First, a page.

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Glacial, Icecap and Permafrost Melting V: Grossglockner, Austria, 2005

Pasterze Glacier: photographed Sept. 2005 and Sept. 2006.

“In the tiny Alpine town of Heiligenblut (German for “Holy Blood”) they have been watching their glacier melt for years.  Romans, medieval gold miners and a Danish prince who died while clutching a stolen vial of Christ’s blood, are all a part of the town’s history.  Now the streets are filled with tourists.  They come, among other reasons, to see Austria’s biggest glacier, the Pasterze, drag itself out from under Austria’s most picturesque mountain, the Grossglockner . . .

“The Pasterze offers many incontrovertible images of global warming, and whatever that term may mean politically, it is impossible to see evidence of the Pasterze’s melting and then say with a straight face that the planet is not heating up.  For example, there is the monorail built in the 1960s to carry people down to the lip of the glacier.  Now instead of alighting directly onto ice, visitors get out of the monorail and begin a 20-minute trek down to where the glacier lies today. There are a series of forlorn signs on the way down, reading: ‘This Is Where the Glacier Stood: 1968,’ ‘This Is Where the Glacier Stood: 1975,’ ‘This Is Where the Glaciers Stood: 1980,’ etcetera…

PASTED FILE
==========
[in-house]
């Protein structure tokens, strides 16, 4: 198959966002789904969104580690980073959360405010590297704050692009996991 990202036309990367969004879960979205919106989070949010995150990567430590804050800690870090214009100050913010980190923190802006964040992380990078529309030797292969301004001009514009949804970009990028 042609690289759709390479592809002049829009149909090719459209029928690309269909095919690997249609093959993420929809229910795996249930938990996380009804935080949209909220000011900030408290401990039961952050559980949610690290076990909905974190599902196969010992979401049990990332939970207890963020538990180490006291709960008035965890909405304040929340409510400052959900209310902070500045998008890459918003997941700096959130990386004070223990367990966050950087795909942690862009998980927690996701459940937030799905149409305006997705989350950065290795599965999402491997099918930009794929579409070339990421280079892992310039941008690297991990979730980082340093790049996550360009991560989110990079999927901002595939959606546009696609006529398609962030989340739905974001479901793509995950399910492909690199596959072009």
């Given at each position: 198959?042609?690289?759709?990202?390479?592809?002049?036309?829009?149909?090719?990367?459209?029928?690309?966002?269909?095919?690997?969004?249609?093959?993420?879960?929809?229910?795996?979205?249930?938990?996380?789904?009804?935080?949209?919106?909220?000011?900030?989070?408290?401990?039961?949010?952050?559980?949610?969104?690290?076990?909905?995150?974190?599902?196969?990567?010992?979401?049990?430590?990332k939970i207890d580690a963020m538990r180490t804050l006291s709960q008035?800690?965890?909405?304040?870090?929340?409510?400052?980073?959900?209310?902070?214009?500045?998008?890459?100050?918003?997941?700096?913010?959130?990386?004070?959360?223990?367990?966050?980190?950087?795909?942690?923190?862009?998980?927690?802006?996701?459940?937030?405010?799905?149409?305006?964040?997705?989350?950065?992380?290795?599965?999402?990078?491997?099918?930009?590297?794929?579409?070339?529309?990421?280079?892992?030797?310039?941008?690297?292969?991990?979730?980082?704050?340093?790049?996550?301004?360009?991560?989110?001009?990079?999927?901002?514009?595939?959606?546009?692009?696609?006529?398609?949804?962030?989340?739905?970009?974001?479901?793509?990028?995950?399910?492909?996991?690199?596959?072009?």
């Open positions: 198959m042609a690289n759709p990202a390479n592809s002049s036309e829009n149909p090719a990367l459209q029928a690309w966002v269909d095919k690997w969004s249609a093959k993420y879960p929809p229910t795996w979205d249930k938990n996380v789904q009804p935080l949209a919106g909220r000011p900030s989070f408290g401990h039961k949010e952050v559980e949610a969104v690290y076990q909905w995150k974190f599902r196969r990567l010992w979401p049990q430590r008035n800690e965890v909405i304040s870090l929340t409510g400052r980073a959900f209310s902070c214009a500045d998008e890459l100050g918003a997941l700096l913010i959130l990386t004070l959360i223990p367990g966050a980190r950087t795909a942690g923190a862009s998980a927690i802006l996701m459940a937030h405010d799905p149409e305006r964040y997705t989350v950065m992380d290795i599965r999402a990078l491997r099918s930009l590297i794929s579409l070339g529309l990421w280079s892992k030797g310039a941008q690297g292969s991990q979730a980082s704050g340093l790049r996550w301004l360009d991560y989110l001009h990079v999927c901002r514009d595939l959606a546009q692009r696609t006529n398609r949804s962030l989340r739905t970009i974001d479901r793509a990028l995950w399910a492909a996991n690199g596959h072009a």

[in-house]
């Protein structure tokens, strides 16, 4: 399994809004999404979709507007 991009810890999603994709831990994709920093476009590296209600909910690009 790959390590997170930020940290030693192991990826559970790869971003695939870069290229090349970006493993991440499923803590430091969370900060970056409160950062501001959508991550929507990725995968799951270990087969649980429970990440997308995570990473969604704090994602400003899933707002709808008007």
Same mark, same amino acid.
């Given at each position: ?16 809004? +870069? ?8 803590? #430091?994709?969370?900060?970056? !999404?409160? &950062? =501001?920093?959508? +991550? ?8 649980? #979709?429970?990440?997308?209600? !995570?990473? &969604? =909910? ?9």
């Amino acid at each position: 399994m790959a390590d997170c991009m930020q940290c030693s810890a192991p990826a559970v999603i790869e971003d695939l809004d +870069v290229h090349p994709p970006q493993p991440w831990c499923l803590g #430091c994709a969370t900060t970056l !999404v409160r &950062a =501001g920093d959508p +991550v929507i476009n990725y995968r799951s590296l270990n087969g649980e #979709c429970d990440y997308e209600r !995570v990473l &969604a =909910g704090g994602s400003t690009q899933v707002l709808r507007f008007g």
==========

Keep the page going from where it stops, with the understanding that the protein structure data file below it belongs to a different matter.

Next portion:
“Atop the monorail station, a young scientist named Michael Avian is perched with surveyor’s tools and a laptop.  Avian is part of group from the University of Graz that takes more than an anecdotal interest in the melting glacier.  Avian and others on a team led by Dr. Gerhard Karl Lieb make painstaking measurements of the glacier’s movements each year . . .  The melting of the Pasterze Glacier has accelerated dramatically in the past six to seven years, the average rate doubling in the past three years, according to Dr. Lieb.  This amounts to a melt of as much as 30 meters (about 100 feet) in a given year . . .”  (From an article written for Tokion magazine in February 2006 by Sayler/Morris.)

Additional reference for the extent and potential human impact of melting glaciers due to climate change can be found in the Stern Review (cf. Chapter 3) and in this 2005 Nature article.

Glacial, Icecap and Permafrost Melting II: Hohe Tauern National Park, Austria, 2005

Glacial, Icecap and Parmafrost Melting VI: Hohe Tauern National Park, Austria, 2005

Found image

Glacial, Icecap and Parmafrost Melting VIII: Margaritzen Resevoir, Hohe Tauern National Park, Austria, 2005

Glacial, Icecap and Permafrost Melting IX: Pasterze Glacier, Hohe Tauern National Park, Austria, 2005

Found image

Glacial, Icecap and Permafrost Melting XIV: Pasterze Glacier, Hohe Tauern National Park, Austria, 2006

Glacial, Icecap and Permafrost Melting X: Pasterze Glacier, Hohe Tauern National Park, Austria, 2005